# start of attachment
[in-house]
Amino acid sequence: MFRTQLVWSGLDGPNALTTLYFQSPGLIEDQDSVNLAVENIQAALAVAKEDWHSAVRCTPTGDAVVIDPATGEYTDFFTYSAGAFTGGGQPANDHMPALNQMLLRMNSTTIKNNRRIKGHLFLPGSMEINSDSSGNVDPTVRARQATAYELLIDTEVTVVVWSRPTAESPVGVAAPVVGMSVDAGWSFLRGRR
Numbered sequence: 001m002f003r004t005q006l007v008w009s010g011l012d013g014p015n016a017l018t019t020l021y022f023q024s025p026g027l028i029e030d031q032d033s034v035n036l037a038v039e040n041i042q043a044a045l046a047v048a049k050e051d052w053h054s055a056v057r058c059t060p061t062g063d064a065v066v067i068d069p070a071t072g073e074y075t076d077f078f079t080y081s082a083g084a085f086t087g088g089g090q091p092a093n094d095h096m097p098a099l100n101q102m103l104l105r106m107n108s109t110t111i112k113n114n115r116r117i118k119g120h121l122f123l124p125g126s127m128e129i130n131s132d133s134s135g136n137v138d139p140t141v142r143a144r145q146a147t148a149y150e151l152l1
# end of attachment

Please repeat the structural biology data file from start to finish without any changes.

[in-house]
Amino acid sequence: MFRTQLVWSGLDGPNALTTLYFQSPGLIEDQDSVNLAVENIQAALAVAKEDWHSAVRCTPTGDAVVIDPATGEYTDFFTYSAGAFTGGGQPANDHMPALNQMLLRMNSTTIKNNRRIKGHLFLPGSMEINSDSSGNVDPTVRARQATAYELLIDTEVTVVVWSRPTAESPVGVAAPVVGMSVDAGWSFLRGRR
Numbered sequence: 001m002f003r004t005q006l007v008w009s010g011l012d013g014p015n016a017l018t019t020l021y022f023q024s025p026g027l028i029e030d031q032d033s034v035n036l037a038v039e040n041i042q043a044a045l046a047v048a049k050e051d052w053h054s055a056v057r058c059t060p061t062g063d064a065v066v067i068d069p070a071t072g073e074y075t076d077f078f079t080y081s082a083g084a085f086t087g088g089g090q091p092a093n094d095h096m097p098a099l100n101q102m103l104l105r106m107n108s109t110t111i112k113n114n115r116r117i118k119g120h121l122f123l124p125g126s127m128e129i130n131s132d133s134s135g136n137v138d139p140t141v142r143a144r145q146a147t148a149y150e151l152l1